Integrating a Visual Basic Component with Coldfusion

So one of the tasks I’ve been given this week is to find out of I can leverage a propriety dll with Coldfusion to examine the inside of some proprietary CAD objects and return information about them.  The DLL itself came with a Visual Basic project.


Thing is, I haven’t touched Visual Basic since … 1998?


Yep. It’s been a while. That was VB version 4, I believe. Or 3.  Or I don’t know.  Distant past, whatever it was.

So my first step was to download Visual Studio 2013 Community Edition to my unsuspecting Macbook Pro. I have Windows 8.1 and Windows Server 2012 installed in separate virtual machines, so VS went onto the Windows 8 install.


2 hours to install, and it reported errors, and the IDE wouldn’t start.  So, I repaired the installation, and now we’re fired up. I’m in an IDE, but I’ve never actually used it, so my first step is to see if I can get a look at the DLL and its interfaces.


Ooohhh…. I found something called the “Object Browser.”  Let’s find out if this will do it.

Screen Shot 2015-03-24 at 10.10.36 AM

Excellent. I browse to my component in the object explorer and book, I’ve got some visibility into the object.

Screen Shot 2015-03-24 at 10.14.14 AM

Next step… we’ll see if we can instantiate that guy in Coldfusion. Time to fire up Windows 2012.

Now my poor laptop is starting to groan. I’m running eclipse and windows 8 and visual studio and windows server and coldfusion server and iTunes … you get the point. But here’s the key thing. It is running :)

Here’s the code in my OnRequestStart method:

	application.proof=createObject("COM", "AxCADXLib.AxCadX");


Screen Shot 2015-03-24 at 10.22.57 AM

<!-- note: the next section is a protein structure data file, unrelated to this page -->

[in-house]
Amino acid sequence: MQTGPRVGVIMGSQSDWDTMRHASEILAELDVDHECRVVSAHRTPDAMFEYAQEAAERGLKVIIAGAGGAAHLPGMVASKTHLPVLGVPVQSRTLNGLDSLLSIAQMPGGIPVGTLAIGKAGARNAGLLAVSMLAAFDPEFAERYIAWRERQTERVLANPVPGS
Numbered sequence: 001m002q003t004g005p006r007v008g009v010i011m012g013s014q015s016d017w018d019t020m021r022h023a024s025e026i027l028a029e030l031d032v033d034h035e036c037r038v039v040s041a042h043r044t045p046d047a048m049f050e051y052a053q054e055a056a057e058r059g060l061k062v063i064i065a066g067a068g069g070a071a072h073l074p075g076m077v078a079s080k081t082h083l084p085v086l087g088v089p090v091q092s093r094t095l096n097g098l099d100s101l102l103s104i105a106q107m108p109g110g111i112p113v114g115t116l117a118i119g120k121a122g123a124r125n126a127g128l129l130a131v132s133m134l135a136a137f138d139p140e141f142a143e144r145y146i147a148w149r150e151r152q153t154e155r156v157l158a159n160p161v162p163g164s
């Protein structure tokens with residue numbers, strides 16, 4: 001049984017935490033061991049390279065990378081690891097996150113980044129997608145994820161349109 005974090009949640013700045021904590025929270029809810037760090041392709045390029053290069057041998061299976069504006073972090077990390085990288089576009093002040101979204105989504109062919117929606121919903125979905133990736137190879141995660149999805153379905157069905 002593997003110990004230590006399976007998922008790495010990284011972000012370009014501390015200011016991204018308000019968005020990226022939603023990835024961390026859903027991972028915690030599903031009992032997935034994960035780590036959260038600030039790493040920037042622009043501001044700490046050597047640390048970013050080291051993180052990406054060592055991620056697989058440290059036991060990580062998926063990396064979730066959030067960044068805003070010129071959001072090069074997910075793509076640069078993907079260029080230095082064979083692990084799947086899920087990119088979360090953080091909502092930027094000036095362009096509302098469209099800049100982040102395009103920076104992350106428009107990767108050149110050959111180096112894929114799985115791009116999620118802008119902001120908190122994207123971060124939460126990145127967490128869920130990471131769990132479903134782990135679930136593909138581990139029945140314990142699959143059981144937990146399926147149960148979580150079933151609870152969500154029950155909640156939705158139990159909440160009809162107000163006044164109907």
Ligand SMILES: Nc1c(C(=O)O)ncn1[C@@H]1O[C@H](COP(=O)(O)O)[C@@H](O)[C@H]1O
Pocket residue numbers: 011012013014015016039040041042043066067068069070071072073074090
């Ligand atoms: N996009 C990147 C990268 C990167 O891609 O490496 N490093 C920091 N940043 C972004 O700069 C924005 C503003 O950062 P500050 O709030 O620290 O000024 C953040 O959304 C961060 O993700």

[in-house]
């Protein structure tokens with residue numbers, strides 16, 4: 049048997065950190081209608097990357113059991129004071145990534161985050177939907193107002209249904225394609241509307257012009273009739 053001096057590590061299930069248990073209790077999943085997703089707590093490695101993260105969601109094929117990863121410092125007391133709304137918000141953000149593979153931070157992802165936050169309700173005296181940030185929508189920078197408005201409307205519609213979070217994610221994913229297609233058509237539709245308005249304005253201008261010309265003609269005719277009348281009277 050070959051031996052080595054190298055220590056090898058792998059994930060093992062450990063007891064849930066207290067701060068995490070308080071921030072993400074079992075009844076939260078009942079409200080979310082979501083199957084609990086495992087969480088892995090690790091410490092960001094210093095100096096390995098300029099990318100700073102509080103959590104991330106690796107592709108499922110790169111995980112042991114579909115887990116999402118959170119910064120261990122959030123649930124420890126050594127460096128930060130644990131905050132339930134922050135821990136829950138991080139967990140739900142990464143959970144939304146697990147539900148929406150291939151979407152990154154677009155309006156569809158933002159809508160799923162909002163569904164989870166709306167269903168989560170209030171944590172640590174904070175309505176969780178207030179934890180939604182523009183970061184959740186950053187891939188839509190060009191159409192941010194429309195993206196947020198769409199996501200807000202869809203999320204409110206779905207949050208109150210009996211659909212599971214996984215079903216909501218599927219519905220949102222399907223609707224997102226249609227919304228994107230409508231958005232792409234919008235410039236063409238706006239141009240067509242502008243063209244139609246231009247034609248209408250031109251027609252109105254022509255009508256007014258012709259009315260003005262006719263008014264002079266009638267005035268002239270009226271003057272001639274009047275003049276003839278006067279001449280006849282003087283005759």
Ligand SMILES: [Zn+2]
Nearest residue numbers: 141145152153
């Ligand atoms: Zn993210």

Class not registered. Plus, over in Windows 8.1, we’re getting complaints about low memory.  I’m going to close out Visual Studio, because for the moment I have the answers I needed over there, which was the namespace and the name of the class. Which isn’t registered.  Whatever that means.  I’m not a Windows programmer, so I’ve got a lot to learn here. I paste the message into google, and the first link is an ancient article over on Adobe’s website, referencing this error and giving instructions on how to register a dll.  We’ll give this a try. I browse to my dll and follow the instructions.

Hmmm… error message. Probably because that article was 50 years old, and I’m working on Windows 2012.


Screen Shot 2015-03-24 at 10.33.07 AM

Ho hum. HOURS later, I still haven’t solved this one, though I think I’m zeroing in on the problem.  Trying to use the regasm tool to register the DLL, which in theory should work, but in practice is not.

C:\Windows\SysWOW64>%SystemRoot%\Microsoft.NET\Framework\v2.0.50727\regasm.exe A
Microsoft (R) .NET Framework Assembly Registration Utility 2.0.50727.7905
Copyright (C) Microsoft Corporation 1998-2004.  All rights reserved.

Types registered successfully

C:\Windows\SysWOW64>%SystemRoot%\Microsoft.NET\Framework\v2.0.50727\regasm.exe I
Microsoft (R) .NET Framework Assembly Registration Utility 2.0.50727.7905
Copyright (C) Microsoft Corporation 1998-2004.  All rights reserved.

Types registered successfully


Until I get the same error: AutomationException: Class not registered.


Gah!!!! See, I’ve never worked with COM objects in Coldfusion. Plus I’m new getting back into Coldfusion after a several year hiatus.  I finally, finally got some traction though when I learned that … uh oh … coldfusion 64bit doesn’t even support COM objects. And that’s partly because Microsoft isn’t really supporting them any more.  Which leads me to how do instantiate the thing? I looked at some more examples, then tried this:


Why did this code work when the other didn’t?  A couple of key things.  First, before I was trying to instantiate a COM object, not a dotNet assembly.  The distinction is in how Windows does things, and while it’s a matter for curiosity and future understanding, it’s outside the scope of my work now.  Second, I needed to give the full NAMESPACE of the component, which was helpfully not defined in the documentation. I did, however, find the namespace by opening the thing in Object explorer in Visual Studio. Namespace – CadXLib  Class: CadX


CFDUMP now gave me a nice picture of all of the methods inside the class.

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